Sunday, August 12, 2012

No. 91 Fort Casey, Whidbey Island

United States Army Garrison Fort Casey

Located three miles south of Coupeville, Wash., on Whidbey Island in Puget Sound in Island County.
From I-5 north:
Take the Anacortes/Whidbey Island exit (#230), and drive to the Whidbey Island turnoff. From there, proceed south on Hwy. 20 to Coupeville. Follow the signs to the Keystone Ferry terminal. The park entrance sign is between the ferry terminal parking lot and the Camp Casey barracks in the 25 MPH zone.
From the Mukilteo Ferry terminal at Clinton:
Take Hwy. 525 following signs to the Keystone Ferry terminal. Pass the Keystone Ferry parking lot, and take first entrance to the left. 
From the south:
Follow signs to the Keystone Ferry terminal. Pass ferry parking lot, and take first entrance to the left.

In 1858, the U.S. government purchased ten acres of land costing $400 for the construction of Admiralty Head Lighthouse. In 1890, the army took over the premises. It named its garrison "Fort Casey" in honor of Brigadier General Thomas Lincoln Casey, the last U.S. Army chief of engineers. At that time, Fort Casey, in union with Fort Worden and Fort Flagler, was said to comprise a "triangle of fire" guarding the entrance to Puget Sound.

When the fort was constructed, the old lighthouse had to be moved. A new lighthouse was built on the present site in 1903. Today the Admiralty Head Lighthouse at Fort Casey serves as a historic landmark and interpretive center. The park was incorporated into Ebey's Landing National Historic
in 1980.

10" inch Canon at Fort Casey
10 inch Shell loading port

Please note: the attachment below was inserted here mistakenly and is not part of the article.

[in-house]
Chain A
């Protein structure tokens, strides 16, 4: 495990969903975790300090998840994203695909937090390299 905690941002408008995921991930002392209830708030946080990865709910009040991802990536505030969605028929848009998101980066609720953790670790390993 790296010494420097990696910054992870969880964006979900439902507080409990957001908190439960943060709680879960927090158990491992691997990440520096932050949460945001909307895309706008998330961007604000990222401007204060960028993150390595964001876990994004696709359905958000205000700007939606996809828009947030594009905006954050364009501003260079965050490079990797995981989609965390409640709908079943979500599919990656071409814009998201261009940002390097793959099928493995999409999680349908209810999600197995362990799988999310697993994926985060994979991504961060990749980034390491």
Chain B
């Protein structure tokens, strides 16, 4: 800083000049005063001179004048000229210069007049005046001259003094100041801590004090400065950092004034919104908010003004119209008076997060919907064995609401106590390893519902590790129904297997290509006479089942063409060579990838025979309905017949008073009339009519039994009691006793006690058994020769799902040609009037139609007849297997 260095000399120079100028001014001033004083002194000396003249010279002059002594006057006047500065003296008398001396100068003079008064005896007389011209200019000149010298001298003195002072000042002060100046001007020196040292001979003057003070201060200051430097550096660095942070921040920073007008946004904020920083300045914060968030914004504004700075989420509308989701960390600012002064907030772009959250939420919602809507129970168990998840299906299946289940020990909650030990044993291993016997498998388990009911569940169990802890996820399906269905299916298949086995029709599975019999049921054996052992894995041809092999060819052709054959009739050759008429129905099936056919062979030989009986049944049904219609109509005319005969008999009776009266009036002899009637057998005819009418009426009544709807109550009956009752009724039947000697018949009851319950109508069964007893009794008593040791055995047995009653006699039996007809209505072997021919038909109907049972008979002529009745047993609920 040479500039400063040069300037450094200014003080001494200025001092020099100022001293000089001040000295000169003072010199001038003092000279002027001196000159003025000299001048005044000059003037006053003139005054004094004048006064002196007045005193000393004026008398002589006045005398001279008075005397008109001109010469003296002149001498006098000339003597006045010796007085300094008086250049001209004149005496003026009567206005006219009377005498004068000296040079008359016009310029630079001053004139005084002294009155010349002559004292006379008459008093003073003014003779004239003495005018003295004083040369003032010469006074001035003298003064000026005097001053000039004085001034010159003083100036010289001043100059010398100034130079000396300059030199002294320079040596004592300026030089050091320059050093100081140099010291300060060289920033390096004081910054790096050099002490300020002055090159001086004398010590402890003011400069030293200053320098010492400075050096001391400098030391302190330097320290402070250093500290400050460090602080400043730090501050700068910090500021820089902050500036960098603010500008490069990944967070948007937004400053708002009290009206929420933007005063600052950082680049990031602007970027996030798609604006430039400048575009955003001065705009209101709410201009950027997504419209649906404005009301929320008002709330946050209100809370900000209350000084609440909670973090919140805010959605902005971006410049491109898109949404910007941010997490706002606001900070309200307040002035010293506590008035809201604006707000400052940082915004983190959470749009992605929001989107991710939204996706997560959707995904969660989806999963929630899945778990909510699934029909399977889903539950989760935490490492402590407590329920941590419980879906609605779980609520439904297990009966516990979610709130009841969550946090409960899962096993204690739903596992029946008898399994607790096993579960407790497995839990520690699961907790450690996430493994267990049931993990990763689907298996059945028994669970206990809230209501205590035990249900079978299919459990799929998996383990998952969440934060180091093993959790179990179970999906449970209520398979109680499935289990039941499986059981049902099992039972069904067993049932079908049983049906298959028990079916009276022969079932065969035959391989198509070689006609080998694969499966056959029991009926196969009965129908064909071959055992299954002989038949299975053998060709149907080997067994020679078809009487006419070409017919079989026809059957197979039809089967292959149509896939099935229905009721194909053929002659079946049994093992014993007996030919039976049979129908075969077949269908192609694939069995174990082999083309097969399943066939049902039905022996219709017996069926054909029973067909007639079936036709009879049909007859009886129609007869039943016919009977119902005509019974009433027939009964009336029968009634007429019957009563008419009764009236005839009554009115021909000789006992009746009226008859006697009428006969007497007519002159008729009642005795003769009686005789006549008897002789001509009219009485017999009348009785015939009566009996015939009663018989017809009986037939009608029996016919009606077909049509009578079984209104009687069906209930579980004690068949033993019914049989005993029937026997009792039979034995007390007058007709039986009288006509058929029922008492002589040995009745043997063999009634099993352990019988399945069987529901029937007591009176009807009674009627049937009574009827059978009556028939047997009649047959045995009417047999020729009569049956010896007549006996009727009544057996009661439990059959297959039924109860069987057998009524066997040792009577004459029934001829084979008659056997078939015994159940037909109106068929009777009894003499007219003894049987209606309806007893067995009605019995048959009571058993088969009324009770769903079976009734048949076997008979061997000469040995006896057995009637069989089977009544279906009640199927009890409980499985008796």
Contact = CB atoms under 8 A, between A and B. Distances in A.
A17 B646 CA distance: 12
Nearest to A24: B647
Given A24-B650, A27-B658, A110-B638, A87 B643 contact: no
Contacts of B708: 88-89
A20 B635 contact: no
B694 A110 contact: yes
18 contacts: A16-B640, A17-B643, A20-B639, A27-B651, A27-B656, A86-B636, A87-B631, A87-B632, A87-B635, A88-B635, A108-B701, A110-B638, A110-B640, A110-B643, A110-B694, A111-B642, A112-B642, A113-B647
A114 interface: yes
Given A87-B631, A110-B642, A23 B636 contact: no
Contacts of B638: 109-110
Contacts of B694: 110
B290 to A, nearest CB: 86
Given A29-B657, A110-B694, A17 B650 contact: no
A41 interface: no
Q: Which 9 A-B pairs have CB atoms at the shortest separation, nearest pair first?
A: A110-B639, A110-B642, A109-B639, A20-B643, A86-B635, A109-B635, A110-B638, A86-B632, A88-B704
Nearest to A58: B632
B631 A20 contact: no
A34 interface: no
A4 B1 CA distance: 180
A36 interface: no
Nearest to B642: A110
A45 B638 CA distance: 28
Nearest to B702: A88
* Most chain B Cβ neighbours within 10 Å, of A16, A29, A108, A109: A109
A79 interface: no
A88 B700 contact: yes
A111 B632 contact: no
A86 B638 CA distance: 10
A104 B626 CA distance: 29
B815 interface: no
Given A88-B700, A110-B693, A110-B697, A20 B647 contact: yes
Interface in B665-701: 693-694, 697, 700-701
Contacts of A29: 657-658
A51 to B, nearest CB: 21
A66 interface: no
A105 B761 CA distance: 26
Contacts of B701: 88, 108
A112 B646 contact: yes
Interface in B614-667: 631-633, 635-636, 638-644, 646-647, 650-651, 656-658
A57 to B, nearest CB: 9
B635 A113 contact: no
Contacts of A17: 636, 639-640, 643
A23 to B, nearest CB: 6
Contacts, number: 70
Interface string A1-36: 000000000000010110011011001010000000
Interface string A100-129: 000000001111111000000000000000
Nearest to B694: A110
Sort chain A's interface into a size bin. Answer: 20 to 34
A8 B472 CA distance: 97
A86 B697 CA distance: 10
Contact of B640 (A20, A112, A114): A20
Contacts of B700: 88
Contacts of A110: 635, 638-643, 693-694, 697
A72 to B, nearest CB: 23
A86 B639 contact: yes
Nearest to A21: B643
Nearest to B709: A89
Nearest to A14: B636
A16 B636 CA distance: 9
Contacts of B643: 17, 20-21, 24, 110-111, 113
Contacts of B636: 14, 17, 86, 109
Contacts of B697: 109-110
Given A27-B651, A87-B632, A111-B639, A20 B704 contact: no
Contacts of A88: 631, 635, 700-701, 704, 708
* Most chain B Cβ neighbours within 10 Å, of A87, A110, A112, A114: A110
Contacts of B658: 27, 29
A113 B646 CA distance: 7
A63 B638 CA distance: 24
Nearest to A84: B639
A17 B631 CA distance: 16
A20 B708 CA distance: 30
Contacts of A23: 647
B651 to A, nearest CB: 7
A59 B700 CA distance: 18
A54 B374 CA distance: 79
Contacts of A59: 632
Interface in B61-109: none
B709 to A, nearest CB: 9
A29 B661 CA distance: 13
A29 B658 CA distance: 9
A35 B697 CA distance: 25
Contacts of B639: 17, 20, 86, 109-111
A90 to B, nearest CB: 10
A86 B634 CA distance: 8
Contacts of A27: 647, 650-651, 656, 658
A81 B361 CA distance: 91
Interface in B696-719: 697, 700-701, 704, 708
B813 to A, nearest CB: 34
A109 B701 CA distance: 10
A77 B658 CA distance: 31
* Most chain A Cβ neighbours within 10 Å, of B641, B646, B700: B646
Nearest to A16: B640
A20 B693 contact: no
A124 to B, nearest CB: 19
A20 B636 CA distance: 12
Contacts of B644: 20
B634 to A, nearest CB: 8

B_T_PHOTOS_February 21_ 2011_IMG_0001.DNG-23
Construction on Fort Casey was started in 1897. In 1901, her big guns on disappearing carriages, which could be raised out of their protective emplacements so that the guns were exposed only long enough to fire, became active. However, the fort's ammunition batteries became obsolete almost as soon as their construction was completed. The invention of the airplane in 1903, and the subsequent development of military aircraft made the fort vulnerable to air attack. In addition, the development of battleships designed with increasingly accurate weaponry transformed the static strategies of the nineteenth century into the more mobile attack systems of the twentieth century. Most of Fort Casey's guns and mortars were removed and sent to Europe and the Pacific during World War II, where they were mounted on railcars to serve as mobile heavy artillery. In 1935, the Coast Artillery withdrew the station's battery assignments and placed it on inactive status. As World War II approached, military officials reactivated Fort Casey after making physical improvements to the aging frame-plaster construction. Two of the fort's 10-inch (25-cm) seacoast artillery guns on their carriages were salvaged in the mid-1960's from their final active duty location at Fort Wint on the U. S. Naval Base Subic Bay.The guns showed visible shrapnel scarring from the effects of the Japanese bombings in the Philippines at the opening of World War II. Two 3-inch (76-mm) rapid-fire guns from Fort Wint are also mounted at Fort Casey.

Fort Casey 10 inch Gun on display
Cannon mounted on Disappearing Carriage
Fort Casey 10 inch Gun on display
The business end of a 10inch Shell
Fort Casey 10 inch Gun on display
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